By Olivia Neely
With the arrival of spring, many folks have noticed pollen building up on their cars, doorsteps and other areas. Budding trees and flowers this time of year means many people will suffer symptoms related to seasonal allergies.
Those symptoms include sneezing, watery eyes, runny nose, itchy throat, nasal congestion, cough and sore throat.
Dr. Ken Johnson, of Wilson ENT & Sinus Center, says pollen counts vary depending on the time of the year and what is growing outside. He says tree and grass pollens are prevalent during the spring.
“Summer tends to be bad for grass and weed pollens,” he says.
He adds that some allergens, including dust, animal danders and mold, can be problems for people all year long. Pollens can irritate mucous membranes.
For many, pollens can also trigger an immune response, which results in allergic rhinitis (hay fever) and even asthma.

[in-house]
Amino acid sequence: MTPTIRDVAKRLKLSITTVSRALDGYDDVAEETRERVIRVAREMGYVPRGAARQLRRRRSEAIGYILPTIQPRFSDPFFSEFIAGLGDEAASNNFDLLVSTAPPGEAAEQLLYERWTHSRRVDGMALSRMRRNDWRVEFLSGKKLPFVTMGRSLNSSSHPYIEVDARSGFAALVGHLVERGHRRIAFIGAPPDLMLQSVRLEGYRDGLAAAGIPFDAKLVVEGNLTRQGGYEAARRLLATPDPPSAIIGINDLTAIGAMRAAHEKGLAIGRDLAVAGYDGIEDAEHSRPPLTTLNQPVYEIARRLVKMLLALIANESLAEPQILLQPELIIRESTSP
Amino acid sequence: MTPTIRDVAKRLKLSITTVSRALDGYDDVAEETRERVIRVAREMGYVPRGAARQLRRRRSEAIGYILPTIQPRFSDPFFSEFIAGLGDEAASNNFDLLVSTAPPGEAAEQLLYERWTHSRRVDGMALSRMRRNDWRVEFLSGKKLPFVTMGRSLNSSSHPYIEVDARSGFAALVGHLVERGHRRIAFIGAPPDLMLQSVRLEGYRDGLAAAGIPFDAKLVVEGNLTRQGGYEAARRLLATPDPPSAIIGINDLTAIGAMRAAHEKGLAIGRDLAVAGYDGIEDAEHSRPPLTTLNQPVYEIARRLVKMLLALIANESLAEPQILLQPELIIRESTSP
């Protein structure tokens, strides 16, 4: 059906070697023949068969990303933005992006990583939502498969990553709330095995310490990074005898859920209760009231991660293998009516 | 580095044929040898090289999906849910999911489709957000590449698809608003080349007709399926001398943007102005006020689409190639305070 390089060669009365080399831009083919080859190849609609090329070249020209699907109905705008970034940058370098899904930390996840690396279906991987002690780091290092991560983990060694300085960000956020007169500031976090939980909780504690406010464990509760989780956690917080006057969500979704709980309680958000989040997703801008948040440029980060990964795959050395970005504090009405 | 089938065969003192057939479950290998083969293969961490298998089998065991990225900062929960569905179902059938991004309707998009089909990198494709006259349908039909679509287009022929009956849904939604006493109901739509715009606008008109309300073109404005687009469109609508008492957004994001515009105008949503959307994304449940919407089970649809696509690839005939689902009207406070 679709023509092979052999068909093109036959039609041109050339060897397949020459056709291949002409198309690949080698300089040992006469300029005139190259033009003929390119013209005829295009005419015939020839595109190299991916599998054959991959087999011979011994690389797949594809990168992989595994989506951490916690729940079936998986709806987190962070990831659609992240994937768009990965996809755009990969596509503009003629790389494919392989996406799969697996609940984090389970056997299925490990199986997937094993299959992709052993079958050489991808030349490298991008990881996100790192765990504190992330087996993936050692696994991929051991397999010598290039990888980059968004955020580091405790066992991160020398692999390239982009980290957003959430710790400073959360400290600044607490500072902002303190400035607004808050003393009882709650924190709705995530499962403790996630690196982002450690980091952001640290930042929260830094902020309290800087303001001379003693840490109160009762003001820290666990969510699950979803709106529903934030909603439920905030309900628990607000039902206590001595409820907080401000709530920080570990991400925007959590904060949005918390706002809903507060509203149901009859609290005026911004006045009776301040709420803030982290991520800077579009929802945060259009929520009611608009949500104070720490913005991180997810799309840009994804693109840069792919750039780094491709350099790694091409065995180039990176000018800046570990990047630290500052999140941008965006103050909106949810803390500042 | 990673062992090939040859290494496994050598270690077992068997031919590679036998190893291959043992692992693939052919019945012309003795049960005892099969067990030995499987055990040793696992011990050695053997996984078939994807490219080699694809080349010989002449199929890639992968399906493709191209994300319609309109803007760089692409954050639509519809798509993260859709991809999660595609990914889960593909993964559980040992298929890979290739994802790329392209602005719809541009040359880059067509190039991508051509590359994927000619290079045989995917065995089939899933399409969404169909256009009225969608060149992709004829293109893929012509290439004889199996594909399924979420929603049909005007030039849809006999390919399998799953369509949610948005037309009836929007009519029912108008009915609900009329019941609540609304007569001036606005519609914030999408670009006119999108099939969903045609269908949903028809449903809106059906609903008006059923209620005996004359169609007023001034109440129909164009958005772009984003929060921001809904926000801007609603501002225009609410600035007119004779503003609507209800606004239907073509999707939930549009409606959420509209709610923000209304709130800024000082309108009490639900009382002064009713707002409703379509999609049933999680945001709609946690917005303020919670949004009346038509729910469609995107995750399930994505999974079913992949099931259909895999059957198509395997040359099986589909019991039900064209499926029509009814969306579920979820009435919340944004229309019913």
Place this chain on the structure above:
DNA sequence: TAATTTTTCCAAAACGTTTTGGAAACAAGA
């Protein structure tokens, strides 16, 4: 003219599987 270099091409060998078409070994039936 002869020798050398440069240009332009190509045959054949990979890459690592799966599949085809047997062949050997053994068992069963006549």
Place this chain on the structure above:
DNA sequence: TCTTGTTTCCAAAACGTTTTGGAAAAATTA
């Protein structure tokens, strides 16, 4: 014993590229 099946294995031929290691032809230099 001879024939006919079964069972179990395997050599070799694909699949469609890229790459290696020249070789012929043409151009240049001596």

Johnson says folks can cope with seasonal allergies by being aware of pollen counts.
“Counts are highest between 5 and 10 a.m., and then again at dusk,” he says. “When they are high, stay inside as much as possible.”
Johnson notes pollen levels can be found online.
Coping with Allergies
Johnson says there are a few things people can do to cope with allergies, including keeping your windows closed, vacuuming regularly and considering a hypo-allergenic filter for your home HVAC ductwork.
Johnson also recommends using an over-the-counter saline nasal rinse several times a day. People can ask their physician about medical options, which can vary from a variety of over-the-counter medicines to prescription medicines.
“Many patients also benefit from immunotherapy or allergy shots,” Johnson says. “Generally, if your symptoms are interfering with your daily life, it is probably worth asking for help.”
Nasal allergies and asthma often go hand in hand because the disease is similar for each.
“With asthma, the disease symptoms can be severe and even life-threatening,” Johnson says. “People with asthma should check pollen counts and try to control their home environments to the best of their abilities. As a general rule, anyone who has asthma should be under the care of a physician.”
Johnson says while each year is different, many people begin to have trouble with allergies later in life.
“If you haven’t had allergy trouble in the past, that doesn’t necessarily mean that you won’t have trouble in the future,” he says.